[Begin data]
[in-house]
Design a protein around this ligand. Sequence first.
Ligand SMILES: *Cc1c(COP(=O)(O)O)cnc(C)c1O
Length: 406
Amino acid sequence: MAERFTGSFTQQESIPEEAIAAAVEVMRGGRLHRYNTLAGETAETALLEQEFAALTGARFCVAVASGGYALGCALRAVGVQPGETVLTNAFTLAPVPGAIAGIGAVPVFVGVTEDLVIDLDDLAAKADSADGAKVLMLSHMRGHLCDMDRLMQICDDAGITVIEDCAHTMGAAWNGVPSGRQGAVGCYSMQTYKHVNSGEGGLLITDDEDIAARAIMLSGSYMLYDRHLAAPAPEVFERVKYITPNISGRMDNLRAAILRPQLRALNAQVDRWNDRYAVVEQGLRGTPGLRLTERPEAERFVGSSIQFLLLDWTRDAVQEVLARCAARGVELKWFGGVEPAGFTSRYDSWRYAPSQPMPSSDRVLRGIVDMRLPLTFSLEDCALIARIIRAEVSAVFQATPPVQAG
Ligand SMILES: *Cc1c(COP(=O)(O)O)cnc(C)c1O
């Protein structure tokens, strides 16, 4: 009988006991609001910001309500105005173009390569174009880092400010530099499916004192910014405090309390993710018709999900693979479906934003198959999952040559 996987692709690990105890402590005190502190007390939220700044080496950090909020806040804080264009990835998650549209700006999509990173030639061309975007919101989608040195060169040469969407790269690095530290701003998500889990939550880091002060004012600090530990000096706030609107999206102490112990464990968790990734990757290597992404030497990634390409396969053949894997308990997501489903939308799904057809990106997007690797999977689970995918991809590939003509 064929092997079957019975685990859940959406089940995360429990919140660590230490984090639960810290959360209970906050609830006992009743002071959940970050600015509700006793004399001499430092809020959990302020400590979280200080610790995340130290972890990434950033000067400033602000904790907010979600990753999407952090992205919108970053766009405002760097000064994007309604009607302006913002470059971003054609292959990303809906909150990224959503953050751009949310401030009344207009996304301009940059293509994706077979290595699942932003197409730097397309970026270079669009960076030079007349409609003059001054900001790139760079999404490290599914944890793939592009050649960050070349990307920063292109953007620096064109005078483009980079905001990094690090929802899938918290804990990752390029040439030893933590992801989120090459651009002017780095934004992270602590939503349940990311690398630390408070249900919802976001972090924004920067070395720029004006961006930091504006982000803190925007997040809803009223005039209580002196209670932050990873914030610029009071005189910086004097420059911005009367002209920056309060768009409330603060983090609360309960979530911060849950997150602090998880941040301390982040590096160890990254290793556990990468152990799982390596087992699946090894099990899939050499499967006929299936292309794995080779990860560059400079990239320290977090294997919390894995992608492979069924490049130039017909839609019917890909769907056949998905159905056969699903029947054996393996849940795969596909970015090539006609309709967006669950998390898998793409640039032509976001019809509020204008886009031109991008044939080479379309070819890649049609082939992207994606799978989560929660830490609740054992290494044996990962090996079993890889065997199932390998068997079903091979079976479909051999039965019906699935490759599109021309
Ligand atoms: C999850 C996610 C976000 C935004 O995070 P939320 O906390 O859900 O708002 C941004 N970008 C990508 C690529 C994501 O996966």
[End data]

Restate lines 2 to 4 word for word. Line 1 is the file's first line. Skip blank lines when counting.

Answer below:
Design a protein around this ligand. Sequence first.
Ligand SMILES: *Cc1c(COP(=O)(O)O)cnc(C)c1O
Length: 406